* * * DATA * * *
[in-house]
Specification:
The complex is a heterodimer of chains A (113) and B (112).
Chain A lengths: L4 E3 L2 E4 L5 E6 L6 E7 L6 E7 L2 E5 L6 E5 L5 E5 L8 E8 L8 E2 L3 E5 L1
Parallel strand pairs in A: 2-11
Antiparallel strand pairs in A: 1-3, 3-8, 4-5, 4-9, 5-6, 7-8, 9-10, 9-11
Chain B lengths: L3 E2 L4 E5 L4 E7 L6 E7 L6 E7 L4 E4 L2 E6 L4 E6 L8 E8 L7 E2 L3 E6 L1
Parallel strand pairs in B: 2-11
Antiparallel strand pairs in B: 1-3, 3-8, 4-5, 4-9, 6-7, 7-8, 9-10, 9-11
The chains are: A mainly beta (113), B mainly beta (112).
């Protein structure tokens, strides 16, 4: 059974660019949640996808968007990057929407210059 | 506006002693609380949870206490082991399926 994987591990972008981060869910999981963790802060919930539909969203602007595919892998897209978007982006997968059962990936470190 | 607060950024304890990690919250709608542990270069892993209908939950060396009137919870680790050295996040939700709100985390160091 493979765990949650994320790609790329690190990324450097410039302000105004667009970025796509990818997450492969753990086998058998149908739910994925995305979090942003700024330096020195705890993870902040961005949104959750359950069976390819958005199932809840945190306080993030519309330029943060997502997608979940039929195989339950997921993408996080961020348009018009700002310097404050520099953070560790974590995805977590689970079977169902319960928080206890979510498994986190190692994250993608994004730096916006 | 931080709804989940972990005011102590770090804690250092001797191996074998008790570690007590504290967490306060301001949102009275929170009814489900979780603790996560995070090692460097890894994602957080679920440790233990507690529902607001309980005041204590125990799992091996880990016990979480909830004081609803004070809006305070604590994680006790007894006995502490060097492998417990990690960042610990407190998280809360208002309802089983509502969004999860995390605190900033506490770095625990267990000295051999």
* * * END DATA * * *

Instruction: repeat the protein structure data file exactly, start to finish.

[in-house]
Specification:
The complex is a heterodimer of chains A (113) and B (112).
Chain A lengths: L4 E3 L2 E4 L5 E6 L6 E7 L6 E7 L2 E5 L6 E5 L5 E5 L8 E8 L8 E2 L3 E5 L1
Parallel strand pairs in A: 2-11
Antiparallel strand pairs in A: 1-3, 3-8, 4-5, 4-9, 5-6, 7-8, 9-10, 9-11
Chain B lengths: L3 E2 L4 E5 L4 E7 L6 E7 L6 E7 L4 E4 L2 E6 L4 E6 L8 E8 L7 E2 L3 E6 L1
Parallel strand pairs in B: 2-11
Antiparallel strand pairs in B: 1-3, 3-8, 4-5, 4-9, 6-7, 7-8, 9-10, 9-11
The chains are: A mainly beta (113), B mainly beta (112).
């Protein structure tokens, strides 16, 4: 059974660019949640996808968007990057929407210059 | 506006002693609380949870206490082991399926 994987591990972008981060869910999981963790802060919930539909969203602007595919892998897209978007982006997968059962990936470190 | 607060950024304890990690919250709608542990270069892993209908939950060396009137919870680790050295996040939700709100985390160091 493979765990949650994320790609790329690190990324450097410039302000105004667009970025796509990818997450492969753990086998058998149908739910994925995305979090942003700024330096020195705890993870902040961005949104959750359950069976390819958005199932809840945190306080993030519309330029943060997502997608979940039929195989339950997921993408996080961020348009018009700002310097404050520099953070560790974590995805977590689970079977169902319960928080206890979510498994986190190692994250993608994004730096916006 | 931080709804989940972990005011102590770090804690250092001797191996074998008790570690007590504290967490306060301001949102009275929170009814489900979780603790996560995070090692460097890894994602957080679920440790233990507690529902607001309980005041204590125990799992091996880990016990979480909830004081609803004070809006305070604590994680006790007894006995502490060097492998417990990690960042610990407190998280809360208002309802089983509502969004999860995390605190900033506490770095625990267990000295051999």